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Article

Evaluating Success and Failure in Crisis Management  

Allan McConnell

Crises and disasters come in many shapes and sizes. They range from global pandemics and global financial crises to tsunamis, hurricanes, volcanic ash clouds, bushfires, terrorist attacks, critical infrastructure failures and food contamination episodes. Threats may be locally isolated such as an explosion at a local fireworks factory, or they may cascade across multiple countries and sectors, such as pandemics. No country is immune from the challenge of managing extraordinary threats, and doing so out of their comfort zone of routine policy making. The crisis management challenge involves managing threats ‘on the ground’, as well as the political fallout and societal fears. Populist and journalistic commentary frequently labels crisis management initiatives as having either succeeded or failed. The realities are much more complex. Evaluators confront numerous methodological challenges. These include the careful consideration of multiple and often competing outcomes, differing perceptions, issues of success for whom, and gray areas stemming from shortfalls and lack of evidence, as well as variations over time. Despite such complexity, some key themes appear continually across evaluations, from internal reviews to royal commissions and accident inquiries. These pertain to the ways in which evaluations can be shaped heavily or lightly by political agendas, the degree to which evaluating organizations are able to open up, the degree to which gray areas and shortfalls are stumbling blocks in producing findings, and the challenge of producing coherent investigative narratives when many storylines are possible. Ultimately, evaluating crisis initiatives is “political” in nature because it seeks to provide authoritative evaluations that reconcile multiple views, from experts and lawyers to victims and their families.

Article

The Politics of Cost–Benefit Analysis  

Niek Mouter

Cost–benefit analysis (CBA) is a widely used economic appraisal method that aims to support politicians in making decisions about projects and policies. Several researchers have tried to uncover the extent to which CBA actually impacts decision-making by investigating the statistical relation between the results of CBA studies and political decisions. Although these studies show that there is no significant statistical relation between the outcomes of CBA studies and political decisions, there is clear evidence that the institutionalization of CBA affects the planning and decision-making process within the bureaucracy. Civil servants, for instance, use CBAs to government projects in the early phases of the planning process. The literature identifies various barriers that hamper politicians’ use of CBA when forming their opinion. First, politicians often receive results of CBA studies too late in the process. When politicians receive a CBA after they already made up their mind and communicated their viewpoint, the chance is low that the results of the CBA will (substantially) influence their decision. A second important barrier that limits the use of CBA by politicians is that they do not have enough trust in CBA’s impartiality. A third barrier is that politicians contest value judgments implicit in CBA. The literature distinguishes six ideological value judgments that inevitably need to be made when conducting a CBA: (a) Which individuals have standing in a CBA? (b) Which preferences have standing in a CBA? (c) Which procedure is used to value impacts? (d) On which dimensions are standard numbers differentiated? (e) Which weight is assigned to preferences of individuals in the social welfare function? (f) Which approach is adopted to select the social discount rate? The implication of the fact that CBA analysts cannot escape from making value judgments when conducing the study is that CBA is currently a problematic tool for democratic decision-making because, when applied in practice, the analysis is based on a specific set of politically loaded premises that foster (damage) the interests of politicians (not) endorsing these premises. It is possible to overcome this problem through informing politicians about the extent to which switching value judgements leads to different CBA outcomes. The introduction of so-called normative sensitivity analyses safeguards that politicians with different belief systems are equally equipped to use the results of a CBA to arrive at a well-founded evaluation of a government project.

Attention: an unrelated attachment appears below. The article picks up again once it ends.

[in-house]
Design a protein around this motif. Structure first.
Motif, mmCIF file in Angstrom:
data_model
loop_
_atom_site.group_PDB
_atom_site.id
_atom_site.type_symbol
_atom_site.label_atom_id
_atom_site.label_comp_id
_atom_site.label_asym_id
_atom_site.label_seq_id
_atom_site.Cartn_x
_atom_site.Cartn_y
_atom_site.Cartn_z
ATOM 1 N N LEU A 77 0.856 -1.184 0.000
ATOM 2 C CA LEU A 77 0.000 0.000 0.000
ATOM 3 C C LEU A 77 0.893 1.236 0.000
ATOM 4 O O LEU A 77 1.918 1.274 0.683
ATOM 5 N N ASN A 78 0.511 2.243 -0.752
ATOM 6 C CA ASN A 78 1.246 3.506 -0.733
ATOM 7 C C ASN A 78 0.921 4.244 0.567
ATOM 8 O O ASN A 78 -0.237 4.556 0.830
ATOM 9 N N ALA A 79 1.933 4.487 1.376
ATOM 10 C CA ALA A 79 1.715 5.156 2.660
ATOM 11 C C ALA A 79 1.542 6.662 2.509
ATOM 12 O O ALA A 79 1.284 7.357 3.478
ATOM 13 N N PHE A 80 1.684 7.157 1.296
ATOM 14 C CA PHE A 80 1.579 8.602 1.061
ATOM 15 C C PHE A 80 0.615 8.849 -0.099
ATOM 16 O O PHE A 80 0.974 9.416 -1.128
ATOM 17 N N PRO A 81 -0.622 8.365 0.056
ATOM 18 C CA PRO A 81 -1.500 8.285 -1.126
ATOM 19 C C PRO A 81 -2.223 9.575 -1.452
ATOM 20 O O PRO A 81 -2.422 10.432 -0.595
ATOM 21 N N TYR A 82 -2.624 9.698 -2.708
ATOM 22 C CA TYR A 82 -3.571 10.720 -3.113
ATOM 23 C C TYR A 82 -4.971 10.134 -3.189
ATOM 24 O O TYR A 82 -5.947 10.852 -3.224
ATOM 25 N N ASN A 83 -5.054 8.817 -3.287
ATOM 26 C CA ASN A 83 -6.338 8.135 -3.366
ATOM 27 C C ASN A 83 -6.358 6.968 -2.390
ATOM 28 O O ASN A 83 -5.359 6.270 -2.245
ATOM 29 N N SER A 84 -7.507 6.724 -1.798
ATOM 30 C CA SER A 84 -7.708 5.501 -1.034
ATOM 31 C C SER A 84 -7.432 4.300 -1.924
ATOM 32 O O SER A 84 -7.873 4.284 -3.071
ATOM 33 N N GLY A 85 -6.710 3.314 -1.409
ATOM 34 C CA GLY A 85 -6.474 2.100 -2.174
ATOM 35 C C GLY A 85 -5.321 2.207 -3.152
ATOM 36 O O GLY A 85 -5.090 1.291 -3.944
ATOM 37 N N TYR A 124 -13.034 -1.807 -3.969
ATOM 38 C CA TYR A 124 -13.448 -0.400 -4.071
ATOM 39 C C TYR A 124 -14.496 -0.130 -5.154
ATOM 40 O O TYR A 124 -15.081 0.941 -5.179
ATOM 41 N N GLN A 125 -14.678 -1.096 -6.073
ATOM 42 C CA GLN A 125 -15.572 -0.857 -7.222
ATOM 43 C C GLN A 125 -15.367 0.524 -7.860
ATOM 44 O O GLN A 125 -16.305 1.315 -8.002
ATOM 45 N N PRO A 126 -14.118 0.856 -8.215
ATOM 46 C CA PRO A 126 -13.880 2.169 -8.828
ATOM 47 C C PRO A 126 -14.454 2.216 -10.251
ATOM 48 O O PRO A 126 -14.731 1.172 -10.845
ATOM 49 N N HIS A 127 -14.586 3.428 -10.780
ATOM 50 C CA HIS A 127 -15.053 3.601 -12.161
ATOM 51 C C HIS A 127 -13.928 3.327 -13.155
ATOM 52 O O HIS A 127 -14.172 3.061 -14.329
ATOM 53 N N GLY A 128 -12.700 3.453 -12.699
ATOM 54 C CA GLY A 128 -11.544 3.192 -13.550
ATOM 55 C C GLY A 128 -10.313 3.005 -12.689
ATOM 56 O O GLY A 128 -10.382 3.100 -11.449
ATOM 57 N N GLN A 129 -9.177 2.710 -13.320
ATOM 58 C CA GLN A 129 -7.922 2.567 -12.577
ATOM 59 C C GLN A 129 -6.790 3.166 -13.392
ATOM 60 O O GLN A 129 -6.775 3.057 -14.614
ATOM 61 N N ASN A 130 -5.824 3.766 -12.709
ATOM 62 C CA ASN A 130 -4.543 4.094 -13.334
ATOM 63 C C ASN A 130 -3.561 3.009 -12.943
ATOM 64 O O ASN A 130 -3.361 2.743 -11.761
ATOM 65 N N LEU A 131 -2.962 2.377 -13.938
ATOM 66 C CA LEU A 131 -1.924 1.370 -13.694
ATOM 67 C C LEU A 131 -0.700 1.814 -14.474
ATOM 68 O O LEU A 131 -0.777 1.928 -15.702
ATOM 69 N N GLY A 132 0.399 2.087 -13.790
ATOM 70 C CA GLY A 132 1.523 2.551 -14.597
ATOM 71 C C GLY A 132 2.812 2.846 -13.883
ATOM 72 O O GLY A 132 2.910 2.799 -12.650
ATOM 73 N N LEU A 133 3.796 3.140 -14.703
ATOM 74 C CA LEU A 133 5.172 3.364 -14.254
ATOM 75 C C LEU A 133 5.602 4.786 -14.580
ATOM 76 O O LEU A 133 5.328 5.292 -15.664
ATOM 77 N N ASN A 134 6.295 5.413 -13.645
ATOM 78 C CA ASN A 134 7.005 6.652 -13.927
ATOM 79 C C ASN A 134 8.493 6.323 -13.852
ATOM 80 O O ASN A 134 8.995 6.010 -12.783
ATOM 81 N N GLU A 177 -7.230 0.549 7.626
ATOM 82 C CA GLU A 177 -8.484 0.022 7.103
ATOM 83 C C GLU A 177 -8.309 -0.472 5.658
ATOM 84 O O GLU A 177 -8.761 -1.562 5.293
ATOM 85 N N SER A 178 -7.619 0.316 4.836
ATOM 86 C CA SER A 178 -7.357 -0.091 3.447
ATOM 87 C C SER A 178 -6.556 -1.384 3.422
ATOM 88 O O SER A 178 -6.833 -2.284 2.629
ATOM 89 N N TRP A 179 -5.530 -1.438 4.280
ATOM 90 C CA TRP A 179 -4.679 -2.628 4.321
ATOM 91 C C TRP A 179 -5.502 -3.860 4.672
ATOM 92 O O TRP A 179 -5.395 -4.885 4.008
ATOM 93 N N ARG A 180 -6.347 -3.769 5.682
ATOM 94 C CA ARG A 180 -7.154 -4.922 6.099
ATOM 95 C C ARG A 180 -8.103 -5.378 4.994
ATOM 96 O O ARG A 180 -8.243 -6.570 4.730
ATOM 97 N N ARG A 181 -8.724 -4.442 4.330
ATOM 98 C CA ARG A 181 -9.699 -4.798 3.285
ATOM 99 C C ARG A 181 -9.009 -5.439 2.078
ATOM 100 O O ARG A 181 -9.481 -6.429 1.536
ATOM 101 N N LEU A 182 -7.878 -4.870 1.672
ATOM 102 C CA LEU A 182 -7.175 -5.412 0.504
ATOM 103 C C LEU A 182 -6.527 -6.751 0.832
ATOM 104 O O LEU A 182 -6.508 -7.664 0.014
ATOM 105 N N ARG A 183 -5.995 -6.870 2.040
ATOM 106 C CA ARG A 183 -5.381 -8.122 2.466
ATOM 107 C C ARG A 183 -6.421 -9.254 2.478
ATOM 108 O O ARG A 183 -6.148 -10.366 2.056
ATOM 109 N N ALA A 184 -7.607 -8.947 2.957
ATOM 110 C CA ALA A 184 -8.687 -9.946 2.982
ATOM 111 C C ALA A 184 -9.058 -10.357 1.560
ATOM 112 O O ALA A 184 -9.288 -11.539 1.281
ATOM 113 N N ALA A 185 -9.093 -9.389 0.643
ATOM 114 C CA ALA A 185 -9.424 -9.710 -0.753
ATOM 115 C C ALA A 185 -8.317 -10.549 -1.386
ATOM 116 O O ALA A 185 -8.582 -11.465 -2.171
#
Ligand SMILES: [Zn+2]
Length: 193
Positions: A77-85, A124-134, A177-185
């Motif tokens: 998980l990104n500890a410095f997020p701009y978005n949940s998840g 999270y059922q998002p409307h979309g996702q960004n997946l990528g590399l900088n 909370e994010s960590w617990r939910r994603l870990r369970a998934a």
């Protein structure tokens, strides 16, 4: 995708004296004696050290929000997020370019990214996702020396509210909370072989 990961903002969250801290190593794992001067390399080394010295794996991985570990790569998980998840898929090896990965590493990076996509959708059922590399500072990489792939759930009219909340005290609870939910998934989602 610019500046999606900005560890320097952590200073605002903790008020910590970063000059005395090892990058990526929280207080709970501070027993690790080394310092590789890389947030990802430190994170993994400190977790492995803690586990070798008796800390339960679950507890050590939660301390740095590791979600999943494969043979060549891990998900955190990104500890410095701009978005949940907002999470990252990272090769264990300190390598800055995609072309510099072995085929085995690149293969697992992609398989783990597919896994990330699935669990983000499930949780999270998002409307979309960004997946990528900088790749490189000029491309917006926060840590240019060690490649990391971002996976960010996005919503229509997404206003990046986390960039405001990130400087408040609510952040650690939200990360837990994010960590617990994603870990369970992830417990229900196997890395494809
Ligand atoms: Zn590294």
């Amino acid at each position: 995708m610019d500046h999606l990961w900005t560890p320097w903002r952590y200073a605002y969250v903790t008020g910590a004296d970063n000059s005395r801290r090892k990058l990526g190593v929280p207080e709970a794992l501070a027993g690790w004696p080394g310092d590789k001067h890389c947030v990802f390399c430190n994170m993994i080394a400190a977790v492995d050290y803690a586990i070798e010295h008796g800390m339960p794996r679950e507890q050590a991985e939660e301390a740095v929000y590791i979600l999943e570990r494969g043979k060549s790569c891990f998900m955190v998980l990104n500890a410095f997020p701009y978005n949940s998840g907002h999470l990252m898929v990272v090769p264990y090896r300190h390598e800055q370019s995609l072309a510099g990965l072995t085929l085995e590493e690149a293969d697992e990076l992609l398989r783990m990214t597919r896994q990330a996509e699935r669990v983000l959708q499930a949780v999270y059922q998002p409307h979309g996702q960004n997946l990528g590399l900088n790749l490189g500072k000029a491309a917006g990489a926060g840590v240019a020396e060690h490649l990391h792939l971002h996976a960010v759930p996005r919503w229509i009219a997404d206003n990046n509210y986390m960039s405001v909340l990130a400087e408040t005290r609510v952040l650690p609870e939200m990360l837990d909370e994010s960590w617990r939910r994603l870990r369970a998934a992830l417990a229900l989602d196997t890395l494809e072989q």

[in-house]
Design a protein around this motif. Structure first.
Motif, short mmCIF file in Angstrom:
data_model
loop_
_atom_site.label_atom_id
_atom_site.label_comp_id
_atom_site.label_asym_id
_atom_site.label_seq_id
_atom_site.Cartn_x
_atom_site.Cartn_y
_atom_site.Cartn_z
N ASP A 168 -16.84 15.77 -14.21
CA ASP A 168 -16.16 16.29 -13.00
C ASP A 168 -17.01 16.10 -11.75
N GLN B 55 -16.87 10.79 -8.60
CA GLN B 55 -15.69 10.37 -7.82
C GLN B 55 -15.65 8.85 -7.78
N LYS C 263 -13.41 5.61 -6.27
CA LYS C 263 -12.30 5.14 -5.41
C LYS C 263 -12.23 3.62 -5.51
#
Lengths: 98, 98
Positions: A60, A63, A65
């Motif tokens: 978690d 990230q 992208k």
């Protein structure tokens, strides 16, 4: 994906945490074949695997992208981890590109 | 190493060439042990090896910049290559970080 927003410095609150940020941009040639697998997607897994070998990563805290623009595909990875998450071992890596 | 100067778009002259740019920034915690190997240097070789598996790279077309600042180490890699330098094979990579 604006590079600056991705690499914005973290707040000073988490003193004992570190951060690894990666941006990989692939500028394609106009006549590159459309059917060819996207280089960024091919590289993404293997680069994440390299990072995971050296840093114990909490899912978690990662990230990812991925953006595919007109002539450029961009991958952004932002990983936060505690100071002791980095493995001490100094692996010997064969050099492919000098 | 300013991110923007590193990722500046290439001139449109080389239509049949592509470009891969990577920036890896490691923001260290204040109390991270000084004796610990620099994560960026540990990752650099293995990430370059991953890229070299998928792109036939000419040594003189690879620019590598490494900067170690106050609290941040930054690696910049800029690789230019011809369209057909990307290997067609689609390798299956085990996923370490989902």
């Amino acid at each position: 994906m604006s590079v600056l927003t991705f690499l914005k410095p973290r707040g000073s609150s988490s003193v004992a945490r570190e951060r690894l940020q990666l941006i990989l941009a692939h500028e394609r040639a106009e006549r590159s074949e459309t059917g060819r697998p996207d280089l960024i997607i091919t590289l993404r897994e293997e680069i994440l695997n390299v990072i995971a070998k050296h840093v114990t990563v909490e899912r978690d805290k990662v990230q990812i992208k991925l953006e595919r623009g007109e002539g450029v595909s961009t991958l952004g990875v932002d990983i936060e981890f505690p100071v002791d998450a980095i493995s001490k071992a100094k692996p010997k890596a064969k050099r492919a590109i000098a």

Article

The Politics of Crisis Terminology  

Allan McConnell

The politics of crisis terminology is rarely examined directly. Crisis is an “umbrella,” under which resides a multitude of terms such as accidents, emergencies, fiascos, disasters, and catastrophes, as well as variations such as natural disasters, transboundary crises, and mega-crises. Yet the sheer diversity and frequent ambiguity among terms reflects the “politics” of how societies and political actors seek to cope with and address extreme events, which often pose a mixture of threat and opportunity. Central to an understanding is how (a) different terms are means of framing issues such as the scale and causes of the crisis, (b) crisis terms are part of governing strategies, and (c) nongovernmental actors (opposition parties, media, lobby groups, social movements, and citizens) can seek to influence government. A pivotal point in developing an understanding of crisis terminology is that rather bemoaning the lack of singular meanings for crisis and associated terms, or criticizing actors for “abuse” of the terms, one should recognize and accept that complex and contested crisis language and definitions are in themselves manifestations of politics in political societies.